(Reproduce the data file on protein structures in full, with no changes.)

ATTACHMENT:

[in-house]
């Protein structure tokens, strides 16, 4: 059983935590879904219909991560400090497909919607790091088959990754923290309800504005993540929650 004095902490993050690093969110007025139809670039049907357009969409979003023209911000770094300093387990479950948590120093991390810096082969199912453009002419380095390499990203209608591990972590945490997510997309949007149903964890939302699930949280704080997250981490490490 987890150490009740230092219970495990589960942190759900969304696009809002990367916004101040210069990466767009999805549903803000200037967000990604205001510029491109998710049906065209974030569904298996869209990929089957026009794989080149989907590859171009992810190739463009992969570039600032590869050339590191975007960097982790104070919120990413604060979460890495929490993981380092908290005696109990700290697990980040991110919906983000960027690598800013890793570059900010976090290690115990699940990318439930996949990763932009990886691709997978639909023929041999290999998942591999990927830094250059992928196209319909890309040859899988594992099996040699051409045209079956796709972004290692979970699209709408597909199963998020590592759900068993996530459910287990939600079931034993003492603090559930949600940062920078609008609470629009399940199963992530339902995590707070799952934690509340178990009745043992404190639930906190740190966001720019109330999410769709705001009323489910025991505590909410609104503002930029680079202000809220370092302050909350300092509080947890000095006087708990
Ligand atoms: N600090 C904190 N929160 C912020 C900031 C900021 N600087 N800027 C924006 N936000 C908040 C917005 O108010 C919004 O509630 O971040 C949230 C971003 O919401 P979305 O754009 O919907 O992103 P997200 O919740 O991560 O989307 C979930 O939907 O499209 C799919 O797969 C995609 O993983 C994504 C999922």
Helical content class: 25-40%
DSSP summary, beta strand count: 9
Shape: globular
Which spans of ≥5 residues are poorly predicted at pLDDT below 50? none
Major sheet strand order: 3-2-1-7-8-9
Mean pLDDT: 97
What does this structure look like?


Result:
[in-house]
């Protein structure tokens, strides 16, 4: 059983935590879904219909991560400090497909919607790091088959990754923290309800504005993540929650 004095902490993050690093969110007025139809670039049907357009969409979003023209911000770094300093387990479950948590120093991390810096082969199912453009002419380095390499990203209608591990972590945490997510997309949007149903964890939302699930949280704080997250981490490490 987890150490009740230092219970495990589960942190759900969304696009809002990367916004101040210069990466767009999805549903803000200037967000990604205001510029491109998710049906065209974030569904298996869209990929089957026009794989080149989907590859171009992810190739463009992969570039600032590869050339590191975007960097982790104070919120990413604060979460890495929490993981380092908290005696109990700290697990980040991110919906983000960027690598800013890793570059900010976090290690115990699940990318439930996949990763932009990886691709997978639909023929041999290999998942591999990927830094250059992928196209319909890309040859899988594992099996040699051409045209079956796709972004290692979970699209709408597909199963998020590592759900068993996530459910287990939600079931034993003492603090559930949600940062920078609008609470629009399940199963992530339902995590707070799952934690509340178990009745043992404190639930906190740190966001720019109330999410769709705001009323489910025991505590909410609104503002930029680079202000809220370092302050909350300092509080947890000095006087708990
Ligand atoms: N600090 C904190 N929160 C912020 C900031 C900021 N600087 N800027 C924006 N936000 C908040 C917005 O108010 C919004 O509630 O971040 C949230 C971003 O919401 P979305 O754009 O919907 O992103 P997200 O919740 O991560 O989307 C979930 O939907 O499209 C799919 O797969 C995609 O993983 C994504 C999922």
Helical content class: 25-40%
DSSP summary, beta strand count: 9
Shape: globular
Which spans of ≥5 residues are poorly predicted at pLDDT below 50? none
Major sheet strand order: 3-2-1-7-8-9
Mean pLDDT: 97
What does this structure look like?